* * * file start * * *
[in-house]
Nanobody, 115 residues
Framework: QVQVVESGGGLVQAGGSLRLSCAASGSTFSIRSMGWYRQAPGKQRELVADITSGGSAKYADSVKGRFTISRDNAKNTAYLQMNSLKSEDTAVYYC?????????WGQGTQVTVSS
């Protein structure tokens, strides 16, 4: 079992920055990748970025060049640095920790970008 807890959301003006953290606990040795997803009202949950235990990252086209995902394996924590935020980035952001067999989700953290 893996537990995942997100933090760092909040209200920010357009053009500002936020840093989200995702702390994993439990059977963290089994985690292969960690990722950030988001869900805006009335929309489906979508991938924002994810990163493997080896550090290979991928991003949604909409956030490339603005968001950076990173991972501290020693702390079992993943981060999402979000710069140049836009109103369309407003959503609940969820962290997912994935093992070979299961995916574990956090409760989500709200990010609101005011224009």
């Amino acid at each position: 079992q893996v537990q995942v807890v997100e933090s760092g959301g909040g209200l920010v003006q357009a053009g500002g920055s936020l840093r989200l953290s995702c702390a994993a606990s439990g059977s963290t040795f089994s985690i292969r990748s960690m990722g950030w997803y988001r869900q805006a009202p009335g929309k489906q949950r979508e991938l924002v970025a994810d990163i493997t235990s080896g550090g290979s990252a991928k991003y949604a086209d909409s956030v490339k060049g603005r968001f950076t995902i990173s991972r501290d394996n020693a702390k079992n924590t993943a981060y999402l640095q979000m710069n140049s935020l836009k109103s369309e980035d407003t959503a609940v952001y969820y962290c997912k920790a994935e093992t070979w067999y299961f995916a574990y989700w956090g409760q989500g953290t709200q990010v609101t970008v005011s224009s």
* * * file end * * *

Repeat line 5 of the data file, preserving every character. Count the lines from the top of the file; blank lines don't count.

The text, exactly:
């Amino acid at each position: 079992q893996v537990q995942v807890v997100e933090s760092g959301g909040g209200l920010v003006q357009a053009g500002g920055s936020l840093r989200l953290s995702c702390a994993a606990s439990g059977s963290t040795f089994s985690i292969r990748s960690m990722g950030w997803y988001r869900q805006a009202p009335g929309k489906q949950r979508e991938l924002v970025a994810d990163i493997t235990s080896g550090g290979s990252a991928k991003y949604a086209d909409s956030v490339k060049g603005r968001f950076t995902i990173s991972r501290d394996n020693a702390k079992n924590t993943a981060y999402l640095q979000m710069n140049s935020l836009k109103s369309e980035d407003t959503a609940v952001y969820y962290c997912k920790a994935e093992t070979w067999y299961f995916a574990y989700w956090g409760q989500g953290t709200q990010v609101t970008v005011s224009s």